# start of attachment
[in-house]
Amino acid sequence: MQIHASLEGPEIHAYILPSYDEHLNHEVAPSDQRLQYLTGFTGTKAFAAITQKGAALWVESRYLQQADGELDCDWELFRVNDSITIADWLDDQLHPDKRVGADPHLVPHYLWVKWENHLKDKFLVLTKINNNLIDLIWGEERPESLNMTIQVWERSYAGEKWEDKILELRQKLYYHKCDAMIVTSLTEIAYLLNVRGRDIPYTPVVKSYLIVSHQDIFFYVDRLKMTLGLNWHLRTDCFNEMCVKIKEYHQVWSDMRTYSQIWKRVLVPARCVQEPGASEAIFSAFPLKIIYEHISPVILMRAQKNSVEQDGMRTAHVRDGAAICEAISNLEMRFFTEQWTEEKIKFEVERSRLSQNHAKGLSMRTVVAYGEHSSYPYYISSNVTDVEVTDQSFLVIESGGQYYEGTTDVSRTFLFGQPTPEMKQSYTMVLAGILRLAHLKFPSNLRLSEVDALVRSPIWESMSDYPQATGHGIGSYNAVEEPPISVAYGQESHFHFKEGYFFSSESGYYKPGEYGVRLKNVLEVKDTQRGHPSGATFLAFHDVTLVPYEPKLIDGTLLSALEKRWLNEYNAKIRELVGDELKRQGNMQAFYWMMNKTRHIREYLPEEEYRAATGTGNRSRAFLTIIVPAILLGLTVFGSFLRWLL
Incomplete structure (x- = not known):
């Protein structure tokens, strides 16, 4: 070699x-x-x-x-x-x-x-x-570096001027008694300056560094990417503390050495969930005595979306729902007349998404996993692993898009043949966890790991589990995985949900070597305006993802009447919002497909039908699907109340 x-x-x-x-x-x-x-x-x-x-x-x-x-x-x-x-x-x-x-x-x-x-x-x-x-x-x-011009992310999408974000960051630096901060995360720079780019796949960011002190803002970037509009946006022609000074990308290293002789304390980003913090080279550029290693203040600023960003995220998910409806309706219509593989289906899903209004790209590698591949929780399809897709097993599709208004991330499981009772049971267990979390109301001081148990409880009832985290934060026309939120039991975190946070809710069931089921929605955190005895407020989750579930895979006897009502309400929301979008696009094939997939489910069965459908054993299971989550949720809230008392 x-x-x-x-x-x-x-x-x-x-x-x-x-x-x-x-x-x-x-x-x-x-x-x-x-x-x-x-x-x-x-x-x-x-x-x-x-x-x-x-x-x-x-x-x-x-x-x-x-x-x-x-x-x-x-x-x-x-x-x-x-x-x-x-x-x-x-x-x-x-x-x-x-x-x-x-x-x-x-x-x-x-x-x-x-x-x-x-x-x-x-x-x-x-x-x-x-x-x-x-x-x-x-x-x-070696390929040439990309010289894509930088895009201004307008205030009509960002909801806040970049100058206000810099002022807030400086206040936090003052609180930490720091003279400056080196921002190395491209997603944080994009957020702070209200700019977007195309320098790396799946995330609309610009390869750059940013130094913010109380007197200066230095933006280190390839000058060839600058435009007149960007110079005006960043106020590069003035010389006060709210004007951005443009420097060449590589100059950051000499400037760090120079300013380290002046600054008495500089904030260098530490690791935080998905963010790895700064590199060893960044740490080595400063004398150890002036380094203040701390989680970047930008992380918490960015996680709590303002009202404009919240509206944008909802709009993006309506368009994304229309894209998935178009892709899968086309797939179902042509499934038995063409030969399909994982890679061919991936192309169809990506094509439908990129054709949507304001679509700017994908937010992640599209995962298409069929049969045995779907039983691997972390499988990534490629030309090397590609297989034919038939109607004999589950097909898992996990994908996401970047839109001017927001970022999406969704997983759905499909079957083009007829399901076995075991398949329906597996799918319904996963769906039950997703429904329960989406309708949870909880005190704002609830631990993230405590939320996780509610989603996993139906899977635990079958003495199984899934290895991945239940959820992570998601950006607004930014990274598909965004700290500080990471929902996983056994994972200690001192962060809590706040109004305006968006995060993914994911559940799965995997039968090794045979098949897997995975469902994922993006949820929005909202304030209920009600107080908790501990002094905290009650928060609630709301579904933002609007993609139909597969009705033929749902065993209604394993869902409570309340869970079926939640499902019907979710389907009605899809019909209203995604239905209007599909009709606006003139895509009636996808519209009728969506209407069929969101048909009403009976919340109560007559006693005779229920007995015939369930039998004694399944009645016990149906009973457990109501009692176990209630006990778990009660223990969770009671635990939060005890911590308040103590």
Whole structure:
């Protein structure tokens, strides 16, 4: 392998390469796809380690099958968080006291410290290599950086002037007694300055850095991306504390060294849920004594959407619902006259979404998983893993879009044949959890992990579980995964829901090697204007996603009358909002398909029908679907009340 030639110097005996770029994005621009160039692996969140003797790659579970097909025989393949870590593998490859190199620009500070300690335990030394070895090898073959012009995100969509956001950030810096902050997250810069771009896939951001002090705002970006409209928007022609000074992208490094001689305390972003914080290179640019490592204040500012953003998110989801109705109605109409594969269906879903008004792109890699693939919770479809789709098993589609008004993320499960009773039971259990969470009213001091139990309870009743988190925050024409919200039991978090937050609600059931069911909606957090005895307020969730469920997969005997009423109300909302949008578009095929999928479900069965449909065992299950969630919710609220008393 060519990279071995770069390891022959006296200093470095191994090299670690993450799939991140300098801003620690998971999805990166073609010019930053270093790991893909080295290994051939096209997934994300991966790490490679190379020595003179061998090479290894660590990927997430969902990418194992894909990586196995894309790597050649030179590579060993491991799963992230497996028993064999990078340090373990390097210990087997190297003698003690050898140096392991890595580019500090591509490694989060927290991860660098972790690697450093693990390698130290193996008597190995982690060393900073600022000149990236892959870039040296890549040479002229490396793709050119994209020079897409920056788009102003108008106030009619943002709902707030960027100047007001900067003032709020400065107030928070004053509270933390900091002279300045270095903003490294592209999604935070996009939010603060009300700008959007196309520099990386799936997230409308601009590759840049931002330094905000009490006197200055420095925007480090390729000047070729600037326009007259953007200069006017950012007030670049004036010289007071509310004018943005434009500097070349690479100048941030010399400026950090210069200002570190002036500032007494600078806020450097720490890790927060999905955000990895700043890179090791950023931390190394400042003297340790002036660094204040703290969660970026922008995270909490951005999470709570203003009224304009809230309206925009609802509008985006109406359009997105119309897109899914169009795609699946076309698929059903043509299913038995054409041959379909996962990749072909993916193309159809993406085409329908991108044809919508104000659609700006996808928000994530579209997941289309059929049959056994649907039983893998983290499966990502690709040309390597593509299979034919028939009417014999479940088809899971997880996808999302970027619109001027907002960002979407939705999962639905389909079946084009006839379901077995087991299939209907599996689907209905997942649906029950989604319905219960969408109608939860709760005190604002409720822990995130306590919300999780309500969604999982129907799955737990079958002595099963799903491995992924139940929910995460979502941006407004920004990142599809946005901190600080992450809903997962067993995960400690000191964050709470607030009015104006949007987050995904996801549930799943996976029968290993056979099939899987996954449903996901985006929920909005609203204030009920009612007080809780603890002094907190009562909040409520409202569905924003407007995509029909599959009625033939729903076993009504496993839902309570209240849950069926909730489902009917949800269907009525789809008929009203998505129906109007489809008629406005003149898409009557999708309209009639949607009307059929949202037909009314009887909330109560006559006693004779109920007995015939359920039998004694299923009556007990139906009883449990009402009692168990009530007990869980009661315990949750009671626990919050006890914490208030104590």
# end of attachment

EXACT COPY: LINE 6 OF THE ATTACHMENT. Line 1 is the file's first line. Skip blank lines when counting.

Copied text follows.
């Protein structure tokens, strides 16, 4: 392998390469796809380690099958968080006291410290290599950086002037007694300055850095991306504390060294849920004594959407619902006259979404998983893993879009044949959890992990579980995964829901090697204007996603009358909002398909029908679907009340 030639110097005996770029994005621009160039692996969140003797790659579970097909025989393949870590593998490859190199620009500070300690335990030394070895090898073959012009995100969509956001950030810096902050997250810069771009896939951001002090705002970006409209928007022609000074992208490094001689305390972003914080290179640019490592204040500012953003998110989801109705109605109409594969269906879903008004792109890699693939919770479809789709098993589609008004993320499960009773039971259990969470009213001091139990309870009743988190925050024409919200039991978090937050609600059931069911909606957090005895307020969730469920997969005997009423109300909302949008578009095929999928479900069965449909065992299950969630919710609220008393 060519990279071995770069390891022959006296200093470095191994090299670690993450799939991140300098801003620690998971999805990166073609010019930053270093790991893909080295290994051939096209997934994300991966790490490679190379020595003179061998090479290894660590990927997430969902990418194992894909990586196995894309790597050649030179590579060993491991799963992230497996028993064999990078340090373990390097210990087997190297003698003690050898140096392991890595580019500090591509490694989060927290991860660098972790690697450093693990390698130290193996008597190995982690060393900073600022000149990236892959870039040296890549040479002229490396793709050119994209020079897409920056788009102003108008106030009619943002709902707030960027100047007001900067003032709020400065107030928070004053509270933390900091002279300045270095903003490294592209999604935070996009939010603060009300700008959007196309520099990386799936997230409308601009590759840049931002330094905000009490006197200055420095925007480090390729000047070729600037326009007259953007200069006017950012007030670049004036010289007071509310004018943005434009500097070349690479100048941030010399400026950090210069200002570190002036500032007494600078806020450097720490890790927060999905955000990895700043890179090791950023931390190394400042003297340790002036660094204040703290969660970026922008995270909490951005999470709570203003009224304009809230309206925009609802509008985006109406359009997105119309897109899914169009795609699946076309698929059903043509299913038995054409041959379909996962990749072909993916193309159809993406085409329908991108044809919508104000659609700006996808928000994530579209997941289309059929049959056994649907039983893998983290499966990502690709040309390597593509299979034919028939009417014999479940088809899971997880996808999302970027619109001027907002960002979407939705999962639905389909079946084009006839379901077995087991299939209907599996689907209905997942649906029950989604319905219960969408109608939860709760005190604002409720822990995130306590919300999780309500969604999982129907799955737990079958002595099963799903491995992924139940929910995460979502941006407004920004990142599809946005901190600080992450809903997962067993995960400690000191964050709470607030009015104006949007987050995904996801549930799943996976029968290993056979099939899987996954449903996901985006929920909005609203204030009920009612007080809780603890002094907190009562909040409520409202569905924003407007995509029909599959009625033939729903076993009504496993839902309570209240849950069926909730489902009917949800269907009525789809008929009203998505129906109007489809008629406005003149898409009557999708309209009639949607009307059929949202037909009314009887909330109560006559006693004779109920007995015939359920039998004694299923009556007990139906009883449990009402009692168990009530007990869980009661315990949750009671626990919050006890914490208030104590």